Be it ever so humble — there's no place like home!

"Rare Earth Factors"

The late astronomer and popularizer of science, Carl Sagan, described planet Earth as an unremarkable "pale blue dot" floating in the vastness of space. He suggested there might well be billions of planets suitable for life, even within our own galaxy. But more recently, two scientists have presented a case that, in light of the known evidence, our planet is very special. Peter Ward, an evolutionary geologist, and Donald Brownlee, an evolutionary astronomer, both at the University of Washington, have written a book titled Rare Earth: Why Complex Life is Uncommon in the Universe (2000. New York: Copernicus [Springer-Verlag]). This book argues that a variety of factors make the Earth "rare" as a home for complex life — in particular, animal life. For example:

- right position in galaxy (not near the centre with its high star density, dangerous supernovae, and lethal radiation)

- right mass of star (not too much ultraviolet radiation)

- right distance from star (temperatures suitable for life)

- solar system has stable planetary orbits (giant planets do not create orbital chaos)

- Jupiter-like neighbour at right distance, to clear out comets and asteroids

- large supply of liquid water near planet's surface

- right kind of ocean, in terms of pH, salinity, temperature, and volume

- right atmospheric properties (to maintain adequate temperature, composition, and pressure for plants and animals)

- right planetary mass to retain atmosphere and ocean

- right amount of carbon to sustain life

- right tilt (seasons not too severe)

- large moon at right distance; stabilizes tilt

Note: Both of the Rare Earth authors accept macroevolution, and a few of the "factors" quoted in their book reflect this frame of reference (their summary, presented on pages xxvii-xxviii of the book, is shown below). Most of their points, however, are acceptable from anyone's point of view.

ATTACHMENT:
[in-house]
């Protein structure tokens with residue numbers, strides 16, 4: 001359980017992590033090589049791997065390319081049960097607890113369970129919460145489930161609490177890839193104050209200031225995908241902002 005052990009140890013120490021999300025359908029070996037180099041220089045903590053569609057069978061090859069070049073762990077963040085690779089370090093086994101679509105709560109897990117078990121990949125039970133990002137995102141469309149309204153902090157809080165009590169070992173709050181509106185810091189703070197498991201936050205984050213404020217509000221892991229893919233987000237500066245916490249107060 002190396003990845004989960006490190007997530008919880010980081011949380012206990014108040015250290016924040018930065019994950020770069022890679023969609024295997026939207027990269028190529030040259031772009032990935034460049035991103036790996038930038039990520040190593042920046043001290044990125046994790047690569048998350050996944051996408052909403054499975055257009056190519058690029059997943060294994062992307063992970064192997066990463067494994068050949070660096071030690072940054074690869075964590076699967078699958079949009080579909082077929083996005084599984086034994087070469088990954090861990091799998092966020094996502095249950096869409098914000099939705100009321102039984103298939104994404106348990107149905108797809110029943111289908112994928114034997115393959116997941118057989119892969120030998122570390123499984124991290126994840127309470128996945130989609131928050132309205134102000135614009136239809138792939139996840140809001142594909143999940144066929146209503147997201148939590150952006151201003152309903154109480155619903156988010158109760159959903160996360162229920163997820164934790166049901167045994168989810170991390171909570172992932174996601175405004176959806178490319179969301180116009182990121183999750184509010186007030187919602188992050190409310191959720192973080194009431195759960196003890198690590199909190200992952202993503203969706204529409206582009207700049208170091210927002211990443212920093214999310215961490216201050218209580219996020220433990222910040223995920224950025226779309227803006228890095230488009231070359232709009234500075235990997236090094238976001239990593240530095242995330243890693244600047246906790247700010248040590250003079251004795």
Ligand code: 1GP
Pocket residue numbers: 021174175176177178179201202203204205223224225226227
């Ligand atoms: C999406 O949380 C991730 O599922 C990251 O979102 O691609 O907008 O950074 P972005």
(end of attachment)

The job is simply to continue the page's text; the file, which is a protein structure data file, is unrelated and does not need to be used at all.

Right distance from star
Habitat for complex life.
Liquid water near surface
Far enough to avoid tidal

Right mass of star
Long enough lifetime.
Not too much ultraviolet.



Stable planetary orbits
Giant planets do not
create orbital chaos.


Right planetary mass
Retain atmosphere and
ocean. Enough heat for
plate tectonics.
Solid/molten core.
Jupiter-like neighbor
Clear out comets and
asteroids. Not too close,
not too far.
A Mars
Small neighbor as
possible life source to
seed Earth-like planet
if needed.
Plate tectonics
CO2-silicate thermostat.
Build up land mass.
Enhance biotic diversity.
Enable magnetic field.

Not too much. 
Not too little.



Large Moon
Right distance. 
Stabilizes tilt.


The right tilt
Seasons not too severe.
Giant impacts
Few giant impacts.
No global sterilizing
impacts after an initial
The right amount
of carbon

Enough for life.
Not enough for
Runaway Greenhouse
Atmospheric properties
Maintenance of adequate
temperature, composition
and pressure for plants
and animals.
Biological evolution
Successful evolutionary
pathway to complex
plants and animals
Evolution of oxygen
Invention of photo-
synthesis. Not too much
or too little. Evolves at
the right time.
Right kind of galaxy
Enough heavy elements.
Not small, elliptical, or
Right position in galaxy
Not in center, edge
or halo.
Wild cards
Snowball Earth. Cambrian
explosion. Inertial
interchange event.